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Book Review: Lamentation by Ken Scholes



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Lamentation by Ken Scholes

This book is a brand new release and it is an interesting book for a couple of different reasons. The author exercises imagination yet restraint, and he turns the genre of epic fantasy around in a fresh way.

Will's Review - Be careful there is a tiny spoiler alert at the end

Lamentation (The Psalms of Isaak)

This is an interesting new Epic Fantasy book by a first time author and it is the first in a scheduled series of epic fantasy books. There are a couple of things I want to say about this novel. First off, it is well written, crisp and clean. Everything flows smoothly and before you know it you are 100 pages into it. As far as the story and the action goes it is excellent and there are some neat things in the novel that make it stand out. I won't go into them at any depth just in case you intend on reading it. But one of the things I like is the use of magic when it comes to battle scenes or potential battle scenes. Powders are used that render a person very quiet, very fast, and veritably invisible. Not everybody can use these because you have to be specially trained but both sides have people that use these powders and it makes for some very interesting battles because you have both normal combatants and powdered combatants on each side. 

"Otherwise the novel is just a good fantasy read with some nice flavor
distinct to this world and the author flexes a good amount
of imagination in realizing the world".

There are two things I do want to say about this novel that put it a notch up in my opinion.

The first thing is how he manages the various barons, lords, houses, factions, etc. This can be a sore spot for me because I really don't see the reason for getting into all the deep politics of a world. This whole schema started with Dune.

But modern day writers seem to love it. The more complex the social structure the more interesting it is - to most anyways. But not so to me! Because it lends itself to difficulty in following what the heck is going on. After X amount of characters I start to lose interest, particularly because the ethics of the novel start to get muddled. I find myself wondering who is the bad guy and who is the good guy.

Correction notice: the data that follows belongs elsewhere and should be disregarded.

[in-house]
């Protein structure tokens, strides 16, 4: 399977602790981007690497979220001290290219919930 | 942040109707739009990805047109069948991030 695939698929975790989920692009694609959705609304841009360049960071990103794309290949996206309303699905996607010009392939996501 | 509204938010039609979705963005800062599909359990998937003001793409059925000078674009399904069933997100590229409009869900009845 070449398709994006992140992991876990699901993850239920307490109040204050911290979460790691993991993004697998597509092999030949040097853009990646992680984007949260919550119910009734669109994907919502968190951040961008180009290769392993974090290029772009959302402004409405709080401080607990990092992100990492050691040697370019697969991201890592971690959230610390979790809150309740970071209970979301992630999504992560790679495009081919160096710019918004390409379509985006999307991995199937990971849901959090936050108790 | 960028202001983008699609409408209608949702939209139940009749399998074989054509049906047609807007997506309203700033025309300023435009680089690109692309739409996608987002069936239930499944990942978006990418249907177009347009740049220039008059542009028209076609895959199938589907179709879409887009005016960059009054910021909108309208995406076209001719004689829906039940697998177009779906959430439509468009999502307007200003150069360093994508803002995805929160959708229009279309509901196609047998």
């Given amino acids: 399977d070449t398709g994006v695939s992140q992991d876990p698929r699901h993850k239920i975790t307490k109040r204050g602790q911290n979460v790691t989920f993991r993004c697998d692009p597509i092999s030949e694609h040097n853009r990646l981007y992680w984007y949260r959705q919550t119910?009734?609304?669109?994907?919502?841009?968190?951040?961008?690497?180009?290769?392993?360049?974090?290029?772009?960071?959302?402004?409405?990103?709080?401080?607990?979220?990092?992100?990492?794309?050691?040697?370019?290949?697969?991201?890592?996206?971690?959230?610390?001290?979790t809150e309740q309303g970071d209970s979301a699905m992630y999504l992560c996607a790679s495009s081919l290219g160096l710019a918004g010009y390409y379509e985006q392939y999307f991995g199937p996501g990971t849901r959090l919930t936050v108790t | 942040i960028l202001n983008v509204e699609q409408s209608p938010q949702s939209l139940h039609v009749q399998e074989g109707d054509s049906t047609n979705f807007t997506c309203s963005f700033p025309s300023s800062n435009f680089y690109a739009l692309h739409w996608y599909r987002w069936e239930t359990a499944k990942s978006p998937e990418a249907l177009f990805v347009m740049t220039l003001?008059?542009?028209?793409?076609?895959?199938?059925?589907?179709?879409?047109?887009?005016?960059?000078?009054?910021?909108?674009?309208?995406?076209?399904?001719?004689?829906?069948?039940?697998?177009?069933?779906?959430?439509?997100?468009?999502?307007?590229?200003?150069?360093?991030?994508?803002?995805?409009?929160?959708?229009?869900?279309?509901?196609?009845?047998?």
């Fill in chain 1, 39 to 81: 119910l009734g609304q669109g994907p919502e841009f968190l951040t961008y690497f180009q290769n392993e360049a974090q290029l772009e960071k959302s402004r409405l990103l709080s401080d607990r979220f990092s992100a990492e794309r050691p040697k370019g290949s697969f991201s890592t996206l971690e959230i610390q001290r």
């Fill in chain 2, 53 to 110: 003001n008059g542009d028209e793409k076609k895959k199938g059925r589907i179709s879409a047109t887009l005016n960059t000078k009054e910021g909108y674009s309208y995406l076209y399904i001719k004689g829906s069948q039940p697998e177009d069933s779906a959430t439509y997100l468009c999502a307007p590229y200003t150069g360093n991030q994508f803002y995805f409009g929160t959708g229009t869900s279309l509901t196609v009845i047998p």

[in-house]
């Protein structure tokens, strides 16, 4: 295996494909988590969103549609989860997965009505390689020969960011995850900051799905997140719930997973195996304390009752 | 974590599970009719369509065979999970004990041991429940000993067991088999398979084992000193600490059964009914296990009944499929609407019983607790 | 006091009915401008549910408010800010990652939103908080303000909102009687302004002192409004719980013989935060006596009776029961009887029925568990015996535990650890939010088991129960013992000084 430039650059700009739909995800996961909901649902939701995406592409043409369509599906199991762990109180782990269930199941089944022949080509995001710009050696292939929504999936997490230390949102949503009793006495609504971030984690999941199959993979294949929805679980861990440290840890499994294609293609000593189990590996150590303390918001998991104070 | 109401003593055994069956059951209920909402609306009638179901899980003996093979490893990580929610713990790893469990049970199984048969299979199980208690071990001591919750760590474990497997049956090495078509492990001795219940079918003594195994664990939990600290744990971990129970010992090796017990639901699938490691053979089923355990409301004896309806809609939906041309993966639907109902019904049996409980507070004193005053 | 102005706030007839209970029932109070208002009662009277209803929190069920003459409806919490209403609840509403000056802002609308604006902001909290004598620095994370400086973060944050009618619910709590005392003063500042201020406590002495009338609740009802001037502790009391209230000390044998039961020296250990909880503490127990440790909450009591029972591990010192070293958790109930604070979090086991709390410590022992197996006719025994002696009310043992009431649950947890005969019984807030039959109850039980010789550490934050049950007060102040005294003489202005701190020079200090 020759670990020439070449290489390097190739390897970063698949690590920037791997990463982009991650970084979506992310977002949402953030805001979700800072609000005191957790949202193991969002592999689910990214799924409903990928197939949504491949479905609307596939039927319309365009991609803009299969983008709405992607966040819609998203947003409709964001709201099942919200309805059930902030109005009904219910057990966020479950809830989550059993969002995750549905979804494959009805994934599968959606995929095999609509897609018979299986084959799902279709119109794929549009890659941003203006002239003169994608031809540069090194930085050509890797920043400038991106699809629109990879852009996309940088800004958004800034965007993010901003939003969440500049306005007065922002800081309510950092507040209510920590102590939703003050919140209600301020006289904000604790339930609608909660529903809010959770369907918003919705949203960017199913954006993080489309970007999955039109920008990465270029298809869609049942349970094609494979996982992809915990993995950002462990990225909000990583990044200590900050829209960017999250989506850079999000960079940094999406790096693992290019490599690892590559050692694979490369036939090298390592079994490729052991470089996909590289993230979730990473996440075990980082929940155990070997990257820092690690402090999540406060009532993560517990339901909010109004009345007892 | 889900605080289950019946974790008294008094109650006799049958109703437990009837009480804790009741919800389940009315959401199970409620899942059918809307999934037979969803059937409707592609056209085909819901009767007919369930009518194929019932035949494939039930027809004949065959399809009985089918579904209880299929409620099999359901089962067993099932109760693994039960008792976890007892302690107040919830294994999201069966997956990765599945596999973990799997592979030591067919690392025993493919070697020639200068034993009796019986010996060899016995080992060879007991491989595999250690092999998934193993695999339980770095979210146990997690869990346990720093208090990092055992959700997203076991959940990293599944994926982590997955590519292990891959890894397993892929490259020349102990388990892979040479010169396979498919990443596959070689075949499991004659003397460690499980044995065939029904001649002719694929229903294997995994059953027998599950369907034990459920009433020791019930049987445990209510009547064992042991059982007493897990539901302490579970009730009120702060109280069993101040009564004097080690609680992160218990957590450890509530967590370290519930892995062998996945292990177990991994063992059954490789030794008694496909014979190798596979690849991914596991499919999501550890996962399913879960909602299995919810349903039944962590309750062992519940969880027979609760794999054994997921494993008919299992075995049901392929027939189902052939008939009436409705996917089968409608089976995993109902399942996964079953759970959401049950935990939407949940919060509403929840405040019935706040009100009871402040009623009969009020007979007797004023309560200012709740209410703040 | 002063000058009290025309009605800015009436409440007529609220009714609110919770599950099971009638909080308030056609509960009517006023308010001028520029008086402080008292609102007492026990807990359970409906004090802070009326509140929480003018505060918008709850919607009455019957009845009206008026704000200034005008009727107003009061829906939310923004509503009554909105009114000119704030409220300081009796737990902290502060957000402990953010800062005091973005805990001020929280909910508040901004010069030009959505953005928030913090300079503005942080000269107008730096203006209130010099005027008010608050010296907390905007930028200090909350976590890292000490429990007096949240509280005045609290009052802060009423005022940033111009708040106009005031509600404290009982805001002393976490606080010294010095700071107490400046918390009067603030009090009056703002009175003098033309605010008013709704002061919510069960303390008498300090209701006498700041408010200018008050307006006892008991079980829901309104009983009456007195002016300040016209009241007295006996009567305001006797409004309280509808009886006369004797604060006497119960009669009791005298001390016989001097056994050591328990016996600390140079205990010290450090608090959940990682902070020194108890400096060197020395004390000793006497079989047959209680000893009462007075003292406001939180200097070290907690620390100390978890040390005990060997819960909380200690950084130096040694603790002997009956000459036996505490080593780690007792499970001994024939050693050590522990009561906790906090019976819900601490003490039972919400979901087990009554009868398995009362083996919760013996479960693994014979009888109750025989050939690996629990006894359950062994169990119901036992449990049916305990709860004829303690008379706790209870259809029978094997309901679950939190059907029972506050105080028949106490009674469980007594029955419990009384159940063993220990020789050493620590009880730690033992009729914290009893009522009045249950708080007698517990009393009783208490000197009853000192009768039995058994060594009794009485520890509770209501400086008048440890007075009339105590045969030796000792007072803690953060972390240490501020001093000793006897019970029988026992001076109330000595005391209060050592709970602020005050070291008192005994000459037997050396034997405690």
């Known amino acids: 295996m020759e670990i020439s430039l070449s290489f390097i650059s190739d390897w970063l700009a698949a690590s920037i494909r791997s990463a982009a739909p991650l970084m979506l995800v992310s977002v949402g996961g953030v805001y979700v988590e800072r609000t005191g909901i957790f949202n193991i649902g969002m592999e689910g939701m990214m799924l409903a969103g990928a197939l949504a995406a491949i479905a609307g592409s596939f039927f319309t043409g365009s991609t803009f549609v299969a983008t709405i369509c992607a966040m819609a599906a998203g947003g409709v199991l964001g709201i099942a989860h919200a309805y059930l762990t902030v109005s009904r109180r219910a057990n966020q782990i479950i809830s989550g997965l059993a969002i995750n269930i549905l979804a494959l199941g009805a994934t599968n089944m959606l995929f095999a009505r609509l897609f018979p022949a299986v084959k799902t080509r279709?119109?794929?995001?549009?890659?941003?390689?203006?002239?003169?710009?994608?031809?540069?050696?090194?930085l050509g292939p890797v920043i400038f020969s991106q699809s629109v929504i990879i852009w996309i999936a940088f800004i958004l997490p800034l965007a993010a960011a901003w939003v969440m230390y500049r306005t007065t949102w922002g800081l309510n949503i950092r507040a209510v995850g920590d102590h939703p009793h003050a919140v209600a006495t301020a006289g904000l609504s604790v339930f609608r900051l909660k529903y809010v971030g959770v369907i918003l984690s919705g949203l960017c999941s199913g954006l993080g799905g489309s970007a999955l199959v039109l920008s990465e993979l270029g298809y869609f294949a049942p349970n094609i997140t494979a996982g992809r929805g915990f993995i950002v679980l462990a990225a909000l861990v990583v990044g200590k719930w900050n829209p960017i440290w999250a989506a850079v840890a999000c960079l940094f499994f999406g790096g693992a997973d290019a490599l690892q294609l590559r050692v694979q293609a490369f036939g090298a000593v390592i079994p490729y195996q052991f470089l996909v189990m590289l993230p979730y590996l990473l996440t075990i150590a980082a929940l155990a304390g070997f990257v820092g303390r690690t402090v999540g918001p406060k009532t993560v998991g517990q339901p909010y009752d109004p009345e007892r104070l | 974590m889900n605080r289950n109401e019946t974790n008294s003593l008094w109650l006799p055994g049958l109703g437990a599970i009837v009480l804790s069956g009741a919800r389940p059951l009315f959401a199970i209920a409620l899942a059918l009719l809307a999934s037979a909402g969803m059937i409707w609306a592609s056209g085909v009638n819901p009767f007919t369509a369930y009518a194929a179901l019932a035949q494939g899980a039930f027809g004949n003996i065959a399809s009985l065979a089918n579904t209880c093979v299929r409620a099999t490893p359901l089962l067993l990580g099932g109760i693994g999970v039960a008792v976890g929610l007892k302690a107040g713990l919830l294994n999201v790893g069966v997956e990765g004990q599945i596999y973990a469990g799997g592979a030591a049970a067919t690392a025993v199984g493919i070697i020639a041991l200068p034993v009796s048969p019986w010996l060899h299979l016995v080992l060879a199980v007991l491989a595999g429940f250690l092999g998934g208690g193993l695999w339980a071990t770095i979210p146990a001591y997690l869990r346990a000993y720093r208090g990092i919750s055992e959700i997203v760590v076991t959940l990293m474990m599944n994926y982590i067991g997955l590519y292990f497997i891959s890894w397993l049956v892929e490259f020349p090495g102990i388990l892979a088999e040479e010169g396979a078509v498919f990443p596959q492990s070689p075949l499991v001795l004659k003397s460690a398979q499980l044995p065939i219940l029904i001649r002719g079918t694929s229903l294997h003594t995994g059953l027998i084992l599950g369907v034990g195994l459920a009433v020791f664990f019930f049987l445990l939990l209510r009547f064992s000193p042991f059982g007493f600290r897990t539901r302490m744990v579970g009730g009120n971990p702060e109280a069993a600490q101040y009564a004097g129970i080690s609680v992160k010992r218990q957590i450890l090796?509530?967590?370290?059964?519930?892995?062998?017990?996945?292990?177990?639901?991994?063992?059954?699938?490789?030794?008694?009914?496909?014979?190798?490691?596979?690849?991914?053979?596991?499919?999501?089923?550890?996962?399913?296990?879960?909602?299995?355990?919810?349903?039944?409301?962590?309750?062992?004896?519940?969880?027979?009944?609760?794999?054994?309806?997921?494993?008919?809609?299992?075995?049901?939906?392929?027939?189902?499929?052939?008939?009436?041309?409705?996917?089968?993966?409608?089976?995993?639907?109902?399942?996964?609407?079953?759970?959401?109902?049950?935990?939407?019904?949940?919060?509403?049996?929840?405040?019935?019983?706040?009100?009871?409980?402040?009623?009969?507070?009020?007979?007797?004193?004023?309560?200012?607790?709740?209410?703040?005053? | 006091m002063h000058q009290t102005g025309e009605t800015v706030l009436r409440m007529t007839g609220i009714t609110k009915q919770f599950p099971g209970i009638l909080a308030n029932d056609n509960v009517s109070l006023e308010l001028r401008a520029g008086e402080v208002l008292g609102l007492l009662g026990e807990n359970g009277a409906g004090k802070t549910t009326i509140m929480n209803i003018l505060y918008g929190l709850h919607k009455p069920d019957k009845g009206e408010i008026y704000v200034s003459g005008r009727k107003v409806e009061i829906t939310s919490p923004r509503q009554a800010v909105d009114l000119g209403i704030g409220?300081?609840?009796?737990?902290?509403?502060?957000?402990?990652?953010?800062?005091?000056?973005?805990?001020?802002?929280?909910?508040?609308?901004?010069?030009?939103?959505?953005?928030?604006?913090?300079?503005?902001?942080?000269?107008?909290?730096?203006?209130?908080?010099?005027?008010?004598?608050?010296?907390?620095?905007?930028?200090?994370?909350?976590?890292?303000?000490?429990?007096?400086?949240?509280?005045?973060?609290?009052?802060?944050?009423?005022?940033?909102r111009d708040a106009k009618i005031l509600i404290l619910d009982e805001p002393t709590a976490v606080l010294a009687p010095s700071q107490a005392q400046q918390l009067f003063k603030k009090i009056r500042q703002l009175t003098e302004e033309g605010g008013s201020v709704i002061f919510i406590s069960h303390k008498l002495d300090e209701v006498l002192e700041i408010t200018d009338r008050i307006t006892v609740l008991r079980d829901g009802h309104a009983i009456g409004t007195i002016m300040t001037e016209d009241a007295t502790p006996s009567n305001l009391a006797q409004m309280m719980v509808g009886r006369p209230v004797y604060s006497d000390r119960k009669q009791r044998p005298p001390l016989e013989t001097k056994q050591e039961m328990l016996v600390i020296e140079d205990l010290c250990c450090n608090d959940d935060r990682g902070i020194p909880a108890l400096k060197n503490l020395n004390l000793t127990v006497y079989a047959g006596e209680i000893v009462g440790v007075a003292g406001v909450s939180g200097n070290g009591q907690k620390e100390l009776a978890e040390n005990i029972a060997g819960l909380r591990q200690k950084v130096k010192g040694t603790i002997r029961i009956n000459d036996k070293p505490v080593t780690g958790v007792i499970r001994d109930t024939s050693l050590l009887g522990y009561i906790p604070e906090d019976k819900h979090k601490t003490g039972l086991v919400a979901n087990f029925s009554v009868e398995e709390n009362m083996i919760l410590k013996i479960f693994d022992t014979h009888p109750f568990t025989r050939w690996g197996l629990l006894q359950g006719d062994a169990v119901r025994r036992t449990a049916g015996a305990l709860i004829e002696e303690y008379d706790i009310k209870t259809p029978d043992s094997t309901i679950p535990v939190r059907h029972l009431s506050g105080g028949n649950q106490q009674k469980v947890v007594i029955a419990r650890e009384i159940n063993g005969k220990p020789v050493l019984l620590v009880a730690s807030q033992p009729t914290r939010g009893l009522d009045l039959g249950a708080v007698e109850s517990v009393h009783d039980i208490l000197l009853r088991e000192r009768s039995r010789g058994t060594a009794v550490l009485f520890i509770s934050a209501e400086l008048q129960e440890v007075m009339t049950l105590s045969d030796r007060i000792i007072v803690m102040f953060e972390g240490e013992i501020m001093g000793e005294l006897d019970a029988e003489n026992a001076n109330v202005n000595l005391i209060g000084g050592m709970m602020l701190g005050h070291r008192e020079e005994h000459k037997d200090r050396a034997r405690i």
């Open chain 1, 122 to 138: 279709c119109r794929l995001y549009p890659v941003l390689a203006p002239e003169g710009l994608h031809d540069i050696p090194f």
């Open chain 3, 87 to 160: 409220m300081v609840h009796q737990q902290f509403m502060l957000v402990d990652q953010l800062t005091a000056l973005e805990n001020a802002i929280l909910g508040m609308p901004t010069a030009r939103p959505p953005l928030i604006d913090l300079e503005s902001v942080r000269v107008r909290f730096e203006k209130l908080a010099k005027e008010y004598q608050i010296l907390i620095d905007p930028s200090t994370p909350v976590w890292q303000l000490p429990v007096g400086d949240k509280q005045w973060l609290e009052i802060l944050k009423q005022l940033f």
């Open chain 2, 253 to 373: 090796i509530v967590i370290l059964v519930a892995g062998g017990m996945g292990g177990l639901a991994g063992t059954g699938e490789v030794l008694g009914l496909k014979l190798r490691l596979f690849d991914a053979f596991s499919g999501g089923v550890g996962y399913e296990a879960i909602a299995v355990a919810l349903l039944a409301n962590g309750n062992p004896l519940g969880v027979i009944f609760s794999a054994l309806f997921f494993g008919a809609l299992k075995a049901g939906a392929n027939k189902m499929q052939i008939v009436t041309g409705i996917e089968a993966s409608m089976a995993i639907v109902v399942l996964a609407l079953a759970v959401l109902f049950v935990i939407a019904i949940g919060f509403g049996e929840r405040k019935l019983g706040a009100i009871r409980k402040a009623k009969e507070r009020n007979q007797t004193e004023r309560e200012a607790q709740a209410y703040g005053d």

But this muddling because of complexity doesn't happen in this novel.

Scholes, while he does have a rather complex social system with various houses, he handles it well. We get introduced to the them slowly and we always have a good handle on who is who and what is what. I give him 5 stars for that.

Here is the thing I really like the most about this novel : But in order to tell you I have to be a bit of a spoiler, not serious but somewhat, so consider whether you want to read any further or not.

**** Spoiler Alert*****

This is where the author took a risk that I approve of. I am a big advocate of taking risks in the genre of epic fantasy because well, haven't we all read 15 variations of middle earth, just with different names? In a typical epic fantasy novel things start out bad. Something happens and our hero is off to the races to develop himself and save his world. What this means is that the book works slowly to a crescendo from first page to last. And thats all well and good. Its a good way to write a book but Scholes turns this on its head in Lamentation. Lamenation begins with an enormous crescendo and works its way down from there! Huh? you say? Yup, the biggest, baddest, ugliest crescendo is how the book opens!! So where do we go from here? Well its an interesting ride because we get to follow our characters as they deal with what happened and try to put the pieces back together. Well, some try to put the pieces back together while others try to start anew. It's a great approach to an epic fantasy novel. Just for this alone it makes the book worth reading. I give it four stars out of five and look forward to the next installment in the series.

4 stars out of five
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